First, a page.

Doug left on Thursday, July 20. We enjoyed his company, his good nature, his encyclopedic knowledge of two states, and the way he welcomed us into his Rapid City and Minneapolis families. We miss him.
While in Minneapolis, we had a wonderful lunch with our good San Francisco friends, Darla and Richard, who by coincidence were just wrapping up a two-week Midwest trip. We love serendipitous occasions like this. We followed lunch with a walk on the University of Minnesota campus to the Weisman Art Museum, designed by Frank Gehry, and including a rare sculptural piece by Gehry himself.
Heading east from Minneapolis on July 21, our destination was New Richmond, Wisconsin. Of course, we were able to ride on rail-trails for many of the miles. Our route took us through the great town of Stillwater, MN, situated on the banks of the St. Croix River, which divides Minnesota from Wisconsin. Lucky for us, we arrived in Stillwater during its annual Lumberjack Days. We watched a contest in lumberjack skills – buck sawing, axe throwing, chain sawing, log running, etc.
The next day, we left our campsite in New Richmond bound for Lake Wissota, just north of Chippewa Falls, a distance of around 76 miles. Our first stop was the St. Croix County Fair, in Glenwood. What a delightful fair – livestock competitions, crafts, goat milking. We are so far removed from rural farm life that we look on events like this as a charming curiosity, rather than a way of life, as it is for people who live in the Glenwoods of this country.
A word about Wisconsin roads: Traffic is light on nearly all of them, but they may or may not have shoulders. Still, motorists are as courteous as they have been throughout the trip. The roads are aligned in a grid pattern, in the Roman style, with no regard to topography. Turns out that, contrary to my previous belief, not all of the Midwest is flat. So I can gain (and lose) as much elevation on a cycling day (up to 2900 feet) as I did on some days in Wyoming or Idaho.
Cooler weather finally arrived the day we left Lake Wissota for Unity. We soon came upon a family-run cheese factory, where we sampled and stocked up on a variety of jack cheeses. We’re now full-fledged Cheese Heads.
The route included mostly farm roads. I passed a number of Amish people driving horse-drawn buggies, riding bicycles, or walking. This region seems to have a sizable Amish population, and many of the most orderly farms have buggies parked in the yard. I know very little about the Amish, but to me they are an interesting study in assimilation – they have held fast to their style of dress (unadorned simplicity) and refusal to use some modern conveniences – and yet seem to be accepted and left to live their lives as they please. I’m not sure that applies to some of the more recent arrivals into our country.
Yesterday’s ride from Unity to Lake Emily Park in Amherst Junction (76 miles) was a bit of a slog. Reed asked me in a call a few days ago if the trip was starting to feel like a chore. Yesterday, though the scenery was lovely, it wasn’t much different from the previous week’s, and I realized I was riding on determination, rather than elation. This could have been because it was the fourth straight day of hard cycling and the winds were consistently in my face. Today’s respite has revived me, and I look forward to tomorrow’s long ride to Lake Winnebago and the final leg to Lake Michigan the day after.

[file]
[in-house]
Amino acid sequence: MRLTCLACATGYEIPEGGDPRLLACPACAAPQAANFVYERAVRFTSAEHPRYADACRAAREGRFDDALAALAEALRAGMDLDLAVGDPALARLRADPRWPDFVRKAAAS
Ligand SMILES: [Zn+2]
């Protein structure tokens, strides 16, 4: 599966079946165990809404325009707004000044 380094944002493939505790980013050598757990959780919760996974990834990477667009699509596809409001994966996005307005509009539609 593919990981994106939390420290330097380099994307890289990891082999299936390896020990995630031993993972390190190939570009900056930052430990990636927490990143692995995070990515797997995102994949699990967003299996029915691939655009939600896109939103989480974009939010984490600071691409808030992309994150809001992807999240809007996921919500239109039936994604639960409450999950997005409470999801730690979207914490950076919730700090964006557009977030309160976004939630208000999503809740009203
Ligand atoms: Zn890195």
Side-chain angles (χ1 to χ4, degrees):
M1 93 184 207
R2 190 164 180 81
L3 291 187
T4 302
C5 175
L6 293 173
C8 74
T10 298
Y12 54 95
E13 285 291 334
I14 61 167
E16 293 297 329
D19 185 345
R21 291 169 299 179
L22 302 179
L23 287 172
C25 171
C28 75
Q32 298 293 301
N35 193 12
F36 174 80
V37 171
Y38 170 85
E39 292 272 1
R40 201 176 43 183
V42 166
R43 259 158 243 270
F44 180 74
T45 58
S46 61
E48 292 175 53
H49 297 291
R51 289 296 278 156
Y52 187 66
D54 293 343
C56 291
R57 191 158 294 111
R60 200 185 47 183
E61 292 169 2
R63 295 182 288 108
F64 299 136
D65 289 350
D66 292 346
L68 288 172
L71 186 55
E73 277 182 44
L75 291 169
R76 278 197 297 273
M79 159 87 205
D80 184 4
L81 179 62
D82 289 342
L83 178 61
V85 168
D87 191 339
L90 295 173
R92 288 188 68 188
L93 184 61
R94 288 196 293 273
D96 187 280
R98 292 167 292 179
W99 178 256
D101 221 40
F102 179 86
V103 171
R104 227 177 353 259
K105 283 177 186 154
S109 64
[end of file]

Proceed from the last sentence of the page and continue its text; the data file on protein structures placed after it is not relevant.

Wow – so much to catch up on! Howard has covered our itinerary well. I will add some of my impressions from these almost two weeks.
In Doland, SD, we loved our conversation with sisters Glenda and Jamie Lynn. Glenda owns a multi-use shop: a flower shop and coffee shop which sells the best homemade gummi-fruit candy; her sister runs a hair salon.
We sat down for coffee and conversation with them. Glenda shared how she is proud of her son who is following his dreams as an aspiring actor in Los Angeles, and how he had encouraged her to follow hers and start her own business. Her husband is a contractor and taxidermist. We asked about Hubert Humphrey – while the town is very proud of being his birthplace, the majority of the town and South Dakota vote Republican. Glenda said that she doesn’t like to think about what’s happening politically, that it makes her too upset. She shared that her family cannot afford health insurance – as South Dakota opted not to extend Medicaid benefits to its residents. We all agreed that health care should be possible for everyone. Talking about the drought, she said that everyone had been praying for rain, but recently some had started praying for hail as the farmers could receive hail damage insurance and put this season behind them.
On the other hand, we are sure hoping for no hail. In addition to crop damage, it sounds like it does very serious damage to homes, cars, and trailers. Please no hail! And while we’re at it, please no tornadoes! It’s a bit unnerving to see the restroom buildings (and other buildings) labeled “storm shelter.”
Virtually all of the houses have basements for storm shelters. I remember playing in the backyard in Illinois when the sky would suddenly darken and the wind would become really strong; we would run indoors, open all the windows (so that they wouldn’t explode from a tornado creating a vacuum), and run to a specific corner of the basement (can’t remember which corner now).
Water towers are in each town – to create water pressure in an area that is flat.
Bright red cardinals – and beautiful weeping willow trees!
In Hutchinson, Minnesota:
(later in the trip – in Wisconsin:)
(and later – in Michigan:)
Playgrounds with teeter totters and high swings! It has been so sad to see playgrounds become risk-averse in our litigious society – happily this seems to be reversing in the most recently built playgrounds.